GlaxoSmithKline (GSK) in July made its consumer health products division a separate entity as it transforms into a world-leading biopharmaceutical company. By uniting science, technology and talent, the company is aiming to prevent and treat diseases with innovative vaccines, specialty pharmaceuticals and general medicines.
GSK’s headquarters annually invests NT$192 billion (US$6.07 billion) in research and development, focusing on immune science and advanced technologies in human genetics. GSK’s drug and vaccine development focuses on infectious diseases, HIV, oncology and immunology.
Investing in clinical trial research each year, GSK also brings drug development to Taiwan. It cooperates with 17 medical institutes and research centers in Taiwan to help domestic medical research keep pace with international trends and enhance Taiwan’s status as a center for clinical research in the Asia-Pacific region.
Photo courtesy of GSK Taiwan
GSK has launched a revamped brand identity system, which was modified from its former orange logo consisting of lowercase “gsk” and a beating heart. The new logo adopts gradient orange, capitalized “GSK,” and digital and technological lines. Its design brings out a striking, eye-catching image, while conveying GSK’s goals and ideas for the future.
The arrow in the new logo symbolizes GSK’s combination of digital, social and environmental concerns as a “signal to move ahead together” in the biopharmaceutical industry. The curve in the logo symbolizes the ability of the immune system to adapt to and evolve along with the environment.
GSK’s Taiwan branch was established 43 years ago, and has since protected the health of Taiwanese.
“After transforming the organization, our new ambitions and new purpose is to expand our impact here in Taiwan by protecting and treating more patients, to make GSK a place where people can thrive, where they can succeed, grow and be happy at work, all underpinned by doing everything with integrity and care,” GSK Taiwan vice president and general manager Mick Stanley said.
The newly transformed GSK is focusing on protecting the health of Taiwanese with pharmaceuticals and vaccines, advocating and practicing the values of diversity and inclusion, and caring for employees and practicing sustainable development, all of which form the company’s business philosophy.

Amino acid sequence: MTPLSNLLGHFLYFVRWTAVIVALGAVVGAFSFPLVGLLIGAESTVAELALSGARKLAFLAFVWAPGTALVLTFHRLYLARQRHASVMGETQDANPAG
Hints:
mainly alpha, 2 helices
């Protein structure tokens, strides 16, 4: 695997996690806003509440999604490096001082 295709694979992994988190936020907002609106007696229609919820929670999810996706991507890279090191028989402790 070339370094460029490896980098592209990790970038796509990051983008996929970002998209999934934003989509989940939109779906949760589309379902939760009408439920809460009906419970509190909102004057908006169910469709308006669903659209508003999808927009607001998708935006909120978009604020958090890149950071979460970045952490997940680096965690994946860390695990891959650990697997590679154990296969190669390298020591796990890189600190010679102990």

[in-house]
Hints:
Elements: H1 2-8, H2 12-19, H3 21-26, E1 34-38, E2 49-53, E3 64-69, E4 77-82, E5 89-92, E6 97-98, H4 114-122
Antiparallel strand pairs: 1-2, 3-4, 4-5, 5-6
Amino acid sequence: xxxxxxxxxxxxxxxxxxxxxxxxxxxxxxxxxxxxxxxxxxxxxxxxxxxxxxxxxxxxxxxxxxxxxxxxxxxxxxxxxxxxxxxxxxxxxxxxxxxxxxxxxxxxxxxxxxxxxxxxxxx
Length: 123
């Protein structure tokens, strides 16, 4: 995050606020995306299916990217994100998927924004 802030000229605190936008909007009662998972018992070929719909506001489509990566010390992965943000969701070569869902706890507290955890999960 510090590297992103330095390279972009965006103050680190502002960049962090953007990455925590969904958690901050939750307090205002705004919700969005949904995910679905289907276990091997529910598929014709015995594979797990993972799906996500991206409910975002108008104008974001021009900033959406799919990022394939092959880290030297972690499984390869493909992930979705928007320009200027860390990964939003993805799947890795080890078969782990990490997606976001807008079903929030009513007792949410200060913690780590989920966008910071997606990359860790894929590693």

Being “ambitious for patients” is part of the corporate culture, which GSK attaches great importance to.
“In addition to ‘ambitious for patients,’ GSK’s culture also emphasizes ‘accountable for impact.’ We hope to expand our impacts on Taiwanese people,” Stanley said. “We hope we can move ahead together to defeat disease with medicines and vaccines.”
GSK provides as many as 50 kinds of prescription medicines and more than 15 kinds of vaccines, for children and adults, and endeavors to do its utmost for the health of Taiwanese.
Every day, 2 million doses of vaccines produced by GSK are administered around the world. In the past few years, GSK has advocated for adult vaccination. For example, GSK Taiwan has recently launched a new vaccine against the herpes zoster virus to protect against shingles.
To help Taiwanese become aware of the necessity of adult vaccination, GSK is working with entities in Taiwan to create and promote comprehensive information and an environment for adult vaccination.
GSK provides vaccines for infectious diseases that could occur at every stage of life. It helps provide proper immune protection against meningitis, quadrivalent influenza, polio, measles and other diseases. In Taiwan, an average of 40 percent of children receive vaccines provided by GSK.
GSK is also concerned about the healthcare challenges faced by Taiwan’s rapidly aging population. Accordingly, GSK has been discussing important policy developments with the government through the American Chamber of Commerce in Taiwan, the European Chamber of Commerce Taiwan and the International Research-Based Pharmaceutical Manufacturers Association, with the aim of helping Taiwan lay a solid foundation for its medical environment in the decades to come.
Additionally, since the invention of the first-ever medicine for the treatment of HIV, GSK has continuously worked to improve the health and quality of life of people living with HIV, and has cooperated with government entities and patient groups.
In addition to vaccines, GSK also leads the industry in the treatment and prevention of diseases such as respiratory illnesses. For people with asthma, chronic obstructive pulmonary disease and other respiratory diseases who need drugs for treatment, GSK helps them with a variety of inhaled medicines.
The world’s first inhaler was developed by GSK.
The company helps more than 2 million people with respiratory diseases every year in Taiwan, and allows them to breathe freely with improved quality of life.
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